June 27, 2010
Moonstruck and the Towers
I'm watching Moonstruck on MGM(HD), a movie I haven't seen since the summer of '88. It features a sharp, funny script by playwright John Patrick Shanley, and some incredible casting: Nicholas Cage as the one-handed baker; Danny Aiello as the older brother he blames for the loss of his hand and his fiancee; Olympia Dukakis and Vincent Gardenia; John Mahoney before he was Frasier's grumpy father; and, in a marvelous performance, Cher as the harried bookkeeper with "bad luck" who comes between the brothers.
It's a funny, whimsical film, filled with larger-than-life characters, snappy dialogue, and operatic emotions. But there's a sadness that lurks around the edges, especially if you're a New Yorker, a nostalgia for the ancient bakeries and butcher shops, the family-owned businesses handed down from generation to generation that seemed to thrive in Brooklyn and the narrow streets of TriBeCa, Alphabet City, and Little Italy. And Checker Cabs, when they still looked like real cabs.
Manhattan is as much a star of this film as any of the actors, and it manages to do the seemingly impossible: Make me nostalgic for the Twin Towers. From the opening title sequence, the World Trade Center towers rise above the skyline, the glittering skyscrapers gleaming amongst their lesser neighbors, the inescapable centerpoint of an unforgettable nightline, especially with that big moon, "Que Bella Luna!" shining brightly nearby.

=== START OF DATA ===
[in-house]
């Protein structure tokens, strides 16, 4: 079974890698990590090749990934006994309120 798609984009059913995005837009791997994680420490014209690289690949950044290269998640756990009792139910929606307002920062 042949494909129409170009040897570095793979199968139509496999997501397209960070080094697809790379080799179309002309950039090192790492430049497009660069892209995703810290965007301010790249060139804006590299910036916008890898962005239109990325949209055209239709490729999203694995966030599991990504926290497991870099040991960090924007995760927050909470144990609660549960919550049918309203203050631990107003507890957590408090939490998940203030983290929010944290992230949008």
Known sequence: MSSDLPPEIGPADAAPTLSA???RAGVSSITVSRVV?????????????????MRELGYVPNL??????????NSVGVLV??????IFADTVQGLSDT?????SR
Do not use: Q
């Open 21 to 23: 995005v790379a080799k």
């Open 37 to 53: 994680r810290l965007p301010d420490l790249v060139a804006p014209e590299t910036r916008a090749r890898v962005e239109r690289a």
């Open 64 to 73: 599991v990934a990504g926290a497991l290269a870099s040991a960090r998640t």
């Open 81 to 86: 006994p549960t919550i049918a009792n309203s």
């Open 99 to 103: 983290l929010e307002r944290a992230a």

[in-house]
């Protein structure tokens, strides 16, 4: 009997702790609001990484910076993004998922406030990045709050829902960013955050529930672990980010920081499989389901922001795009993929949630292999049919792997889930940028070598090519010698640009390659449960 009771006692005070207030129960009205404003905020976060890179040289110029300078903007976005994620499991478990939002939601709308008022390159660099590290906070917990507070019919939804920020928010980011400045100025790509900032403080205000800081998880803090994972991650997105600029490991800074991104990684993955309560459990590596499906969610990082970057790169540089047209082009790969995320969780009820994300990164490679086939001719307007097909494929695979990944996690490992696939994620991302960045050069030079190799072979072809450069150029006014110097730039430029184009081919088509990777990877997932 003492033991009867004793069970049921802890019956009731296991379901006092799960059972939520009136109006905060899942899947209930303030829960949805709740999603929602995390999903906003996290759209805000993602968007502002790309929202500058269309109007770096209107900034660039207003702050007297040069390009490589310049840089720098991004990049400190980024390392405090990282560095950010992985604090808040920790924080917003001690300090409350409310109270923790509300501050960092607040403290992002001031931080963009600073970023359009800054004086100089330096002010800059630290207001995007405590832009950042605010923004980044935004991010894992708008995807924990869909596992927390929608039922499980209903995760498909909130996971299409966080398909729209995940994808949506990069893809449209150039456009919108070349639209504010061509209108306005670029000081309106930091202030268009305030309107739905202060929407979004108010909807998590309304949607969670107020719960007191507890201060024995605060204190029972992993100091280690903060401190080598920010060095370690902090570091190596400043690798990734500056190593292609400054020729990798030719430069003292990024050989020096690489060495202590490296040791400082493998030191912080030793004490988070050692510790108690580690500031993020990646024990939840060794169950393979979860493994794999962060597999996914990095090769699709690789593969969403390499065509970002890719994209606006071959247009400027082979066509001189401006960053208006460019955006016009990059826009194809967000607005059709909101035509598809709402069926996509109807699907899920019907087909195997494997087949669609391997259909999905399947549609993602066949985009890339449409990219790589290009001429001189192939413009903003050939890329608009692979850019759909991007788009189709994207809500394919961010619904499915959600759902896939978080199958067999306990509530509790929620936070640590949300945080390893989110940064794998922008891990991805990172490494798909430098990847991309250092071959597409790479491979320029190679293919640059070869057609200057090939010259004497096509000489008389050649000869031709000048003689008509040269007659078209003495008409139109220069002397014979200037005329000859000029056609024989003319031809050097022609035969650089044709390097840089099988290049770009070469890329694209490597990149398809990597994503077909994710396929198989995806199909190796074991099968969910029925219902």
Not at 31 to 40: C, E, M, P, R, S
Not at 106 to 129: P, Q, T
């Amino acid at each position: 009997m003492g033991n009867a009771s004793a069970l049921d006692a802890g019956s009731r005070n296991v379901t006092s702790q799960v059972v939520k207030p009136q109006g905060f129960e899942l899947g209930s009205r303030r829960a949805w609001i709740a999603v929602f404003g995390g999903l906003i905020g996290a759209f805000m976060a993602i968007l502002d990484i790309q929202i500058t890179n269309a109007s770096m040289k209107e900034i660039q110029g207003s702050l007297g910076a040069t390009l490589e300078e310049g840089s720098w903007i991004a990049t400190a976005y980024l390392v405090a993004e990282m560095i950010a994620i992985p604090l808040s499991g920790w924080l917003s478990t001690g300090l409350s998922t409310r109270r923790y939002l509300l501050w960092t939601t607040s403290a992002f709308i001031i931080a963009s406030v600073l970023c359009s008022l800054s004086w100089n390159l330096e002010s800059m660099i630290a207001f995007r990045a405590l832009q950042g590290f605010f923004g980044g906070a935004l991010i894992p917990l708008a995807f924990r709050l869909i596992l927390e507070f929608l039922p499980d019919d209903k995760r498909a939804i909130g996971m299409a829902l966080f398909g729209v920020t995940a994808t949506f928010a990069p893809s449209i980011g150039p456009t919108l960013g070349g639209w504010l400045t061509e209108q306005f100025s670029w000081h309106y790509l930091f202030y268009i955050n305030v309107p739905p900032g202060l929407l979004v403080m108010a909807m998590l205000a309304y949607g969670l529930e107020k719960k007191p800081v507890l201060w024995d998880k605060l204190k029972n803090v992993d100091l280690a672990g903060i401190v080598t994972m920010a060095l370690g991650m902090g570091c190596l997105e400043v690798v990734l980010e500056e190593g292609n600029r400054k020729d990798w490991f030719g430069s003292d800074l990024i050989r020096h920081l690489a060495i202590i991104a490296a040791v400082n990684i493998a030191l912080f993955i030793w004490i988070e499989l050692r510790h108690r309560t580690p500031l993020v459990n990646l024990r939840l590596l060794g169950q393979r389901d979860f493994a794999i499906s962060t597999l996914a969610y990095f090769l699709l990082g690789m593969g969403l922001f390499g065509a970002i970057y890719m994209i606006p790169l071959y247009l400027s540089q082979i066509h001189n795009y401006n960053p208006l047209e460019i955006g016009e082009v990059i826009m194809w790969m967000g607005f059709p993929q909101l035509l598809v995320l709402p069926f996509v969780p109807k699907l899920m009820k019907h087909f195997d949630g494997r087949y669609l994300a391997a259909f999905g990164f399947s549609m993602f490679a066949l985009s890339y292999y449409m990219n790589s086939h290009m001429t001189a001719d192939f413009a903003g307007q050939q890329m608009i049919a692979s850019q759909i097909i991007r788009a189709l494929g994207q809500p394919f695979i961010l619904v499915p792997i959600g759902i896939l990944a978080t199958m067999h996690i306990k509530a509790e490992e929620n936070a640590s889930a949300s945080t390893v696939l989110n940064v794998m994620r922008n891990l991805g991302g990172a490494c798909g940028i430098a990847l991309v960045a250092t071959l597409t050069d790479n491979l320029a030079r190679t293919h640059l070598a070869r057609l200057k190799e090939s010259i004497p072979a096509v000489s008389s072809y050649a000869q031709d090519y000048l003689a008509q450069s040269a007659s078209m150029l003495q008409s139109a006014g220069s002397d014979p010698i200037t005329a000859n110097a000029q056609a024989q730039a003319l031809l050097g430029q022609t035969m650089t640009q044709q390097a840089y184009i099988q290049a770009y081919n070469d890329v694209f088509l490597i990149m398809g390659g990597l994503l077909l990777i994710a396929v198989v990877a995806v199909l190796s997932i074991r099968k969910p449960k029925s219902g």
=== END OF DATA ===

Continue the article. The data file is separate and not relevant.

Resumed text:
That jarring sensation, that moment when I'm pulled out of the movie because of those ghostly towers, just one more reason I hate the terrorists who took them down and slaughtered my fellow New Yorkers.
Then the anger subsides and I succumb to the pleasures of a crazy Italian family, La Boheme, and a great romantic comedy.
Posted by Mike Lief at June 27, 2010 10:08 PM
I absolutely adore this movie!
Posted by: April at June 28, 2010 10:07 PM